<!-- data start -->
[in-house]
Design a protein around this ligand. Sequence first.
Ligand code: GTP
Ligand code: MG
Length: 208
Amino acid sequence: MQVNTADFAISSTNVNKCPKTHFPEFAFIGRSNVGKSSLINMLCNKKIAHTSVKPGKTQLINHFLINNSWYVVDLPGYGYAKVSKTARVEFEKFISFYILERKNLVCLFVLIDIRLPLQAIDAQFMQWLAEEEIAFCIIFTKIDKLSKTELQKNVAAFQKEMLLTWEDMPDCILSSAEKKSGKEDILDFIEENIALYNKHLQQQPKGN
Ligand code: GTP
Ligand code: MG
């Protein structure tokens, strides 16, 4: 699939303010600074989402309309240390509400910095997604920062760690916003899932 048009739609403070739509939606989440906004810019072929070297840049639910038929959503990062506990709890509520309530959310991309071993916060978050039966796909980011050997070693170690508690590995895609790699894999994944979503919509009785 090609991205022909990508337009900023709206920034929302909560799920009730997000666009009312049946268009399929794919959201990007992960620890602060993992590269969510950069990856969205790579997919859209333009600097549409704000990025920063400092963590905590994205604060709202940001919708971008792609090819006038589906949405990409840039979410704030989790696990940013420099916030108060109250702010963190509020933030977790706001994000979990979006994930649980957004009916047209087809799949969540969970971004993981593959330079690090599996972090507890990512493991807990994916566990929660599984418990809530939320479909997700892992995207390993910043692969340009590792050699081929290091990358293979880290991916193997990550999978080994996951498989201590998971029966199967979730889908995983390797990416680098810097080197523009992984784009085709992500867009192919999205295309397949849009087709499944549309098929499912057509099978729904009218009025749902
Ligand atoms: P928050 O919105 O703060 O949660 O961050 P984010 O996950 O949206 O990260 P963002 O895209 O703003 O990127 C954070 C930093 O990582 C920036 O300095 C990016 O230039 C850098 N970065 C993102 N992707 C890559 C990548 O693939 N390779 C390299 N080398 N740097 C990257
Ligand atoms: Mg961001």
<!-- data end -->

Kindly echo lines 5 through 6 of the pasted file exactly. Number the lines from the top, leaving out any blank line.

Length: 208
Amino acid sequence: MQVNTADFAISSTNVNKCPKTHFPEFAFIGRSNVGKSSLINMLCNKKIAHTSVKPGKTQLINHFLINNSWYVVDLPGYGYAKVSKTARVEFEKFISFYILERKNLVCLFVLIDIRLPLQAIDAQFMQWLAEEEIAFCIIFTKIDKLSKTELQKNVAAFQKEMLLTWEDMPDCILSSAEKKSGKEDILDFIEENIALYNKHLQQQPKGN